You might not have ever heard of Paul Williams. Even if you saw a photo of him, that might not spark any recognition either. But you have heard his songs. And he has a lot of really great songs. In the 70s, his songs were everywhere, turned into hits by himself and every other chart topping artist or band at the time. He also became a regular talk show guest on American TV, appearing on Johnny Carson’s Tonight Show more than fifty times. Williams even acted in a few movies, including where I know him from best, as Little Enis in the Smokey and the Bandit franchise. Then, he disappeared from the limelight.
In the opening minutes of Paul Williams Still Alive, director Steven Kessler tells his own story about how much Williams meant to him as a child. Williams was short, fat, kind of funny looking. The fact that he could still be a star on TV and hang out with the beautiful people of show biz made Kessler feel better about himself as an awkward child. Obviously, with any movie, especially a documentary, you want the film maker to be invested and passionate about their subject matter. But in Paul Williams Still Alive, Kessler’s own personal history with his subject might be its biggest weakness.
Too often, Kessler resorts to making the film about his relationship with Williams. Which I’m sure is fine, if you’re audience is interested in Kessler. Me personally, I don’t really care too much about how the life of the director of National Lampoon’s Vegas Vacation changes when he gets to spend a couple of years hanging out with his childhood idol. I care about the idol, what he did in the past to become one, what has happened to him since as a result of that idolatry, how he’s adapted to life after all that attention goes away.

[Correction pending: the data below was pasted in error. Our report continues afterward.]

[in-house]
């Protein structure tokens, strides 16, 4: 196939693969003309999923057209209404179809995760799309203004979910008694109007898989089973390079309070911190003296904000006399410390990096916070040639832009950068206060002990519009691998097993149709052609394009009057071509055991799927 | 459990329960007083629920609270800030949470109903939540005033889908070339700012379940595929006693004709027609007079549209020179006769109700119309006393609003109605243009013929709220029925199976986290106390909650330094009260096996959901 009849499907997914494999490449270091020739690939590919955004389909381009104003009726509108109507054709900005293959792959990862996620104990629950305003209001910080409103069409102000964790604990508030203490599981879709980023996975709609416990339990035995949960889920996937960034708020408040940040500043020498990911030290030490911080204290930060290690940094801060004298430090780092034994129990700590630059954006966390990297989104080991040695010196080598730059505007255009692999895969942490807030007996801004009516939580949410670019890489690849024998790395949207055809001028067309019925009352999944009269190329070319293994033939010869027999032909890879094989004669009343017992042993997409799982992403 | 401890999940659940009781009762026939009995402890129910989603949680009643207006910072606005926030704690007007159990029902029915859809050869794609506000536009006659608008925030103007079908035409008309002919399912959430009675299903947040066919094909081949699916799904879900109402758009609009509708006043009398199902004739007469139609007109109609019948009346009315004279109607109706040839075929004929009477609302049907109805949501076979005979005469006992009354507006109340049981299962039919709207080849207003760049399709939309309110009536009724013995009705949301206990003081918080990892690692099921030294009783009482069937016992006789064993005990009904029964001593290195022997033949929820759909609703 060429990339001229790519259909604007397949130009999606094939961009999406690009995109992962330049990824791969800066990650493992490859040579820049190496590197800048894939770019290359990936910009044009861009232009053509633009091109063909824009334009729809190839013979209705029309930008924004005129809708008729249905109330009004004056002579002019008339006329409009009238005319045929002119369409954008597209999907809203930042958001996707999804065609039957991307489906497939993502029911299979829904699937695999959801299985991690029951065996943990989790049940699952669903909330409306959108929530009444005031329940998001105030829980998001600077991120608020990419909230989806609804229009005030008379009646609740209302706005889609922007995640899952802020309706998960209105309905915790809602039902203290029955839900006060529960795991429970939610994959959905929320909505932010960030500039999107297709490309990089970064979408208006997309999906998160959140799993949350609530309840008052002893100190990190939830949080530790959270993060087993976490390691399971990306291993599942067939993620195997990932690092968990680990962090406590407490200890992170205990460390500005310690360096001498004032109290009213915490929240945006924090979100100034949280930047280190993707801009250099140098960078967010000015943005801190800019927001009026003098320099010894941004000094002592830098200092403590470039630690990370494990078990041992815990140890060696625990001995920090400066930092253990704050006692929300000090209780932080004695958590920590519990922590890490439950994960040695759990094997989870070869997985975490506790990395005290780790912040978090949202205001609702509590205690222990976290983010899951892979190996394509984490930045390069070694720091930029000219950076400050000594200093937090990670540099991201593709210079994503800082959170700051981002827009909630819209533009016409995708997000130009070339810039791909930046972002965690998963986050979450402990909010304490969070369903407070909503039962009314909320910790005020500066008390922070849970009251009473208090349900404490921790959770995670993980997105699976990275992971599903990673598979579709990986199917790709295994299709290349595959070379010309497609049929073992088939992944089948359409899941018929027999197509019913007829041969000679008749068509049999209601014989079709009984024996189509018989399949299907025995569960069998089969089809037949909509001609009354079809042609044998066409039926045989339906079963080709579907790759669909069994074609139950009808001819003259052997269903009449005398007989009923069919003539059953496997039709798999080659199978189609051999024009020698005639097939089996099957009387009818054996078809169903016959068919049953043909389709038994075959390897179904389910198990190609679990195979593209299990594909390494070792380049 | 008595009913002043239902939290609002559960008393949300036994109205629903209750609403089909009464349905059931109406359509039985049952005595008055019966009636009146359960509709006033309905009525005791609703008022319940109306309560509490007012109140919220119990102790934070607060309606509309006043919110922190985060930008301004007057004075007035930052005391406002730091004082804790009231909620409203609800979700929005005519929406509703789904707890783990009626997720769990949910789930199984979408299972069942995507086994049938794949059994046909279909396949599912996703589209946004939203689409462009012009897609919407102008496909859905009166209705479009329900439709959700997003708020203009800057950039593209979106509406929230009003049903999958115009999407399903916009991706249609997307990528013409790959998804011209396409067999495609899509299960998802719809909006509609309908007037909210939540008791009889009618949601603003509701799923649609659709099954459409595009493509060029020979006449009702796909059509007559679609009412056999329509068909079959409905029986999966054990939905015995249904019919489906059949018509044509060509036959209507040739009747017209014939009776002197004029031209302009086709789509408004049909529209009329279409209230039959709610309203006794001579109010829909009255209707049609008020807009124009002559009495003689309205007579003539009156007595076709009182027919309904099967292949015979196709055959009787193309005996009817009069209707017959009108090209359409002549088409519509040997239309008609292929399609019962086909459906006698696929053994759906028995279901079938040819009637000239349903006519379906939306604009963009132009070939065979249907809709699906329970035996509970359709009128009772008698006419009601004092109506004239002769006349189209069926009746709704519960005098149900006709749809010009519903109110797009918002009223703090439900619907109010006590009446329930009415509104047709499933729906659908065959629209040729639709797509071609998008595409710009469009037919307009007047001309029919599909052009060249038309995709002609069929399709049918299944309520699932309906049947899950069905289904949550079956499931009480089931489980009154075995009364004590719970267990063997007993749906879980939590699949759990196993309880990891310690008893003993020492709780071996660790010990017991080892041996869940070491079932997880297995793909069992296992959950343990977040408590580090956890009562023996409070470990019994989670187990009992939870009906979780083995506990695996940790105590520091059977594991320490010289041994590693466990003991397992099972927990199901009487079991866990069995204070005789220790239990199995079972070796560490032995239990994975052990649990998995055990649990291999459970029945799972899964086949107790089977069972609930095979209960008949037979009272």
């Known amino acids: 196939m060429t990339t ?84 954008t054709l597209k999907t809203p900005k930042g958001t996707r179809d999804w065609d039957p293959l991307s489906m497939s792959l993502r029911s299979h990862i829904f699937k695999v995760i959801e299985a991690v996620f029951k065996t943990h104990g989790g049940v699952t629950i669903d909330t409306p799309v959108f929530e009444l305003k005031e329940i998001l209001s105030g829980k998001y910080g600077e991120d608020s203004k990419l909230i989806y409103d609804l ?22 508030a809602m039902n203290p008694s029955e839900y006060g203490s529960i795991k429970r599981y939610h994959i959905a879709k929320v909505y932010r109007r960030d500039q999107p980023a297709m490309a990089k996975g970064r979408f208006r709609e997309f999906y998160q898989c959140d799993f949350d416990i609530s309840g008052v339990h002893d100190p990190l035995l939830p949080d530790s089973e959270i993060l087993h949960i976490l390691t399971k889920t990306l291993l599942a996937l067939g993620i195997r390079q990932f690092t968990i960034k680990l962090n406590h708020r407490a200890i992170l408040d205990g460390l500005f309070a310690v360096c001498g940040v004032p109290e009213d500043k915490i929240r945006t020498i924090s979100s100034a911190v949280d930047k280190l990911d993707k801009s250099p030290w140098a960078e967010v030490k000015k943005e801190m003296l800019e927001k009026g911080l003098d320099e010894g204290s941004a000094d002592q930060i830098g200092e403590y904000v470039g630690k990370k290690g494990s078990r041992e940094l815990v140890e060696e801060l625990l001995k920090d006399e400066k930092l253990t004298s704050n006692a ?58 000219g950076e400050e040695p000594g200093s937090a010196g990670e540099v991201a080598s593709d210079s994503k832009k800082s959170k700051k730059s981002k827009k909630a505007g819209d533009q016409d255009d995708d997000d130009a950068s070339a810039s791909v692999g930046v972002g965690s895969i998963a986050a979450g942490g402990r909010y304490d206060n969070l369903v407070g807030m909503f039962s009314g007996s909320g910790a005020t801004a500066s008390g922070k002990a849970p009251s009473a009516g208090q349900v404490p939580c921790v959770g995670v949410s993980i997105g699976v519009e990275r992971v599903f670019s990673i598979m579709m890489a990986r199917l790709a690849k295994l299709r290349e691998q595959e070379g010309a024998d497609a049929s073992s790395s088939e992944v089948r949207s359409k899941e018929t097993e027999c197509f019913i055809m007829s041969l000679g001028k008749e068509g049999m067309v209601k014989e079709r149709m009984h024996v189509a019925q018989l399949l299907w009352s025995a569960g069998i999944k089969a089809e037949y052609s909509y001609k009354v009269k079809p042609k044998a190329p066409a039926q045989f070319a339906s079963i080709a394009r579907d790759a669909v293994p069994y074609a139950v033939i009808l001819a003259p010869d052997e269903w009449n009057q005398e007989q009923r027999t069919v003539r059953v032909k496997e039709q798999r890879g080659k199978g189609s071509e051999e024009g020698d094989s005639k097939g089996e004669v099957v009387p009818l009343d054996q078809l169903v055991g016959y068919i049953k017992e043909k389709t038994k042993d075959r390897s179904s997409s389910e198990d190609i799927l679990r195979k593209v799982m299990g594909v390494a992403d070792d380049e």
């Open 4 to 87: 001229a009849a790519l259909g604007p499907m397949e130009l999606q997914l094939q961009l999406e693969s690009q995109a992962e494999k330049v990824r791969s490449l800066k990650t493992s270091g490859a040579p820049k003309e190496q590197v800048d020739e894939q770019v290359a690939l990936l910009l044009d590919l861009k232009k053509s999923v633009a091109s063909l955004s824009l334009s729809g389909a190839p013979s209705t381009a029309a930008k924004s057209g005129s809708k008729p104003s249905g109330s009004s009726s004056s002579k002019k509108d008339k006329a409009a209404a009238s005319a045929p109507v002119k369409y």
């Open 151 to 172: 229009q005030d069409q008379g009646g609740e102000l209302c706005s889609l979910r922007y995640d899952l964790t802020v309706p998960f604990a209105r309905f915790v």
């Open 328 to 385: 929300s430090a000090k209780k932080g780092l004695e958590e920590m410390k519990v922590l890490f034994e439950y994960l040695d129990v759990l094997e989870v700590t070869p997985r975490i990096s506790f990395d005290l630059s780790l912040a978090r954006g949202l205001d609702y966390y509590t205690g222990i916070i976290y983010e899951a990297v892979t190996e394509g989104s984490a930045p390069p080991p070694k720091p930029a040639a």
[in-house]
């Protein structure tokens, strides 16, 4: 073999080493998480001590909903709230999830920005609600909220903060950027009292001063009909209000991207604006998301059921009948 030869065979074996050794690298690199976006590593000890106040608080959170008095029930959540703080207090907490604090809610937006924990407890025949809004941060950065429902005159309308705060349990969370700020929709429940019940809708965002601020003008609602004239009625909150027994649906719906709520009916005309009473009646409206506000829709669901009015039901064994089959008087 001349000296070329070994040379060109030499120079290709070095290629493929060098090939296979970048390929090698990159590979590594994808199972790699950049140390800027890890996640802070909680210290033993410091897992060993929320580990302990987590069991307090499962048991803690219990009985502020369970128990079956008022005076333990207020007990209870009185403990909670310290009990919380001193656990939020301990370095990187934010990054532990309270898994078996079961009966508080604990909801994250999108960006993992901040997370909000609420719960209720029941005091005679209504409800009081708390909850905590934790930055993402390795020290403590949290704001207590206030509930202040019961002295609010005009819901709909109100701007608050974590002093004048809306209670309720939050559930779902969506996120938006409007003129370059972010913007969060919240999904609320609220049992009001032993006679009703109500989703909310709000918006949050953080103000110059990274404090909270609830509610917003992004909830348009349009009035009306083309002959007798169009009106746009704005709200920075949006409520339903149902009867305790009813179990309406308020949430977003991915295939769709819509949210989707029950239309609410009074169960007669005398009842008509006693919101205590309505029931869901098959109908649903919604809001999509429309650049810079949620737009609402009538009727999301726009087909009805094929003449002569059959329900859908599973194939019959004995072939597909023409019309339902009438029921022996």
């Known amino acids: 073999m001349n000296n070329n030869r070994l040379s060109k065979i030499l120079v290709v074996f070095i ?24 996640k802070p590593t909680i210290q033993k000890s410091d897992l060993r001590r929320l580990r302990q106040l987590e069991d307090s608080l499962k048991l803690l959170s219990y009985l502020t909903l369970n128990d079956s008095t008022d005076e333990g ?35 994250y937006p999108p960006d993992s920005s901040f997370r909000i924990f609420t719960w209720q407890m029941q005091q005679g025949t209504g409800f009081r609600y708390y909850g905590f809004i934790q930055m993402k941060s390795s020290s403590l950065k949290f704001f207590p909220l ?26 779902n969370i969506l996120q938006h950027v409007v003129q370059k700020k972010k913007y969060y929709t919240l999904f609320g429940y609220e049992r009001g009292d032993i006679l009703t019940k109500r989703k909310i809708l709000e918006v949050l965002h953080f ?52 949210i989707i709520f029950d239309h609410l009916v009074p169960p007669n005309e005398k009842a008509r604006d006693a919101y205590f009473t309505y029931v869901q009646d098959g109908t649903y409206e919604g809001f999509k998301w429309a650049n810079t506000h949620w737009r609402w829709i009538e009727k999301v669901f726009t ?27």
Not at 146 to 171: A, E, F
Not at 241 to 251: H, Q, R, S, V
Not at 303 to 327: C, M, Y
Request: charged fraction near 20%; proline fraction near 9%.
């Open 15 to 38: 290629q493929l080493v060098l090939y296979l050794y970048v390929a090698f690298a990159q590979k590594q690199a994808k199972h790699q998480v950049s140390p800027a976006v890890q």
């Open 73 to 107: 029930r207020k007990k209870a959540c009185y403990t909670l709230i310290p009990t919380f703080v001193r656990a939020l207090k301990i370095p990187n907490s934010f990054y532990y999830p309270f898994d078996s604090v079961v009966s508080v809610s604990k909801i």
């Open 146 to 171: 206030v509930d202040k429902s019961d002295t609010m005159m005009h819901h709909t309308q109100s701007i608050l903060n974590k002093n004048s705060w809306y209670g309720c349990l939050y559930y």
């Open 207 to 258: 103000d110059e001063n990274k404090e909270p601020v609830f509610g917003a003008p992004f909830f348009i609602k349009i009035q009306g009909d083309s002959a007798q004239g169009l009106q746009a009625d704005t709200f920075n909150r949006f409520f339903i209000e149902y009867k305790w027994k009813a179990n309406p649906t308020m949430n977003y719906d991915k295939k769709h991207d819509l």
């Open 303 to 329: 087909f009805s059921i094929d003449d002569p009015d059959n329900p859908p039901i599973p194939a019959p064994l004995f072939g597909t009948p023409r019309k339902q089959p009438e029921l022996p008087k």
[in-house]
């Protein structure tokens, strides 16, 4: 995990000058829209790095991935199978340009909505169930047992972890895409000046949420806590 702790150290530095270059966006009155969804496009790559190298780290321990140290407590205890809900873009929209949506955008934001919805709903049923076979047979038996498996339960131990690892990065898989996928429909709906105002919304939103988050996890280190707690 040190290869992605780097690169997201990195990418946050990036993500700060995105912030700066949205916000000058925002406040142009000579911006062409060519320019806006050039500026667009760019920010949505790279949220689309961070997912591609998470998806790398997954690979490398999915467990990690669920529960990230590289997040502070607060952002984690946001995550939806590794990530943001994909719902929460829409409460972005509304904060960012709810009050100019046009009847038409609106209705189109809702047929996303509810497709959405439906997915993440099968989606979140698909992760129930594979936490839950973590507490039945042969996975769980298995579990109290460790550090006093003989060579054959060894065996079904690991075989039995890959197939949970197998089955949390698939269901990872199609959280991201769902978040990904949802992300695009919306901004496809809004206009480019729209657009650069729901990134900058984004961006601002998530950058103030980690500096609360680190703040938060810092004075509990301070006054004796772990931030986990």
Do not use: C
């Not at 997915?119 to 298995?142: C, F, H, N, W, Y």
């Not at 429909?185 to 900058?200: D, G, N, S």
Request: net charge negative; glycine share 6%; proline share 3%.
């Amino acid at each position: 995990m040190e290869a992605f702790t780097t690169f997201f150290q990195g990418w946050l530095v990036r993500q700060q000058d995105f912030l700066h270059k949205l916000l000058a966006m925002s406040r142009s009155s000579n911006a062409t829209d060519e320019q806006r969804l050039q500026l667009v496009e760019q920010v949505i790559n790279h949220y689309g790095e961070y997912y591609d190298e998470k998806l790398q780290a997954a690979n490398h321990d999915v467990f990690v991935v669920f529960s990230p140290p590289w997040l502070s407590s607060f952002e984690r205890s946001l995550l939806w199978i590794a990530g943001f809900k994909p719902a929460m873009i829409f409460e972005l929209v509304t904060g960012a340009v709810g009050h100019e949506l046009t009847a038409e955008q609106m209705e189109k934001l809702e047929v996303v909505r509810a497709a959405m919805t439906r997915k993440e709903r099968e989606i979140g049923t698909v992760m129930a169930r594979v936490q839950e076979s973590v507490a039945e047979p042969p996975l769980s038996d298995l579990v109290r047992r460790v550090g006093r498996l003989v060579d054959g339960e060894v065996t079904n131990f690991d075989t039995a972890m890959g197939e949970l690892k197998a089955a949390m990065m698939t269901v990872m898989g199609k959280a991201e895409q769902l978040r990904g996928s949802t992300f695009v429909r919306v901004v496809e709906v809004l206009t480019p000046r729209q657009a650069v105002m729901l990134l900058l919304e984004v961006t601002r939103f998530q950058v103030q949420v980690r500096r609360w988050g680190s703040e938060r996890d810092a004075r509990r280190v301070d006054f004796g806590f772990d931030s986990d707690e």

Like anyone who used to have huge main stream success, Williams is still a massive draw somewhere wacky. In his case, the Philippines. When Kessler follows Williams there for a tour, it’s one of the most interesting present day sequences in Paul Williams Still Alive. It also highlights one of the least successful aspects of the film as a whole. Before leaving, we see some really shaky footage shot with Williams on a golf course. Kessler’s voiceover explains he thought he should learn how to use the camera and sound equipment since he would have to shoot it all himself once they’re in the Philippines. The only problem, the movie already looked pretty ugly, poorly shot and visually boring up until this point. Assuming Kessler had been his own one man crew all along was the only reason I cut it any slack for its technical short comings.
Paul Williams Still Alive has its interesting sequences. Anything involving archival footage from his 70s peak is great. Everything about Steven Kessler’s relationship with Williams while they shot the doc, not so great. At least I’ll always have Smokey and the Bandit 2, where Williams flies a World War II era fighter plane and drops a load of horse crap on someone. You can never take that away from me, Steven Kessler.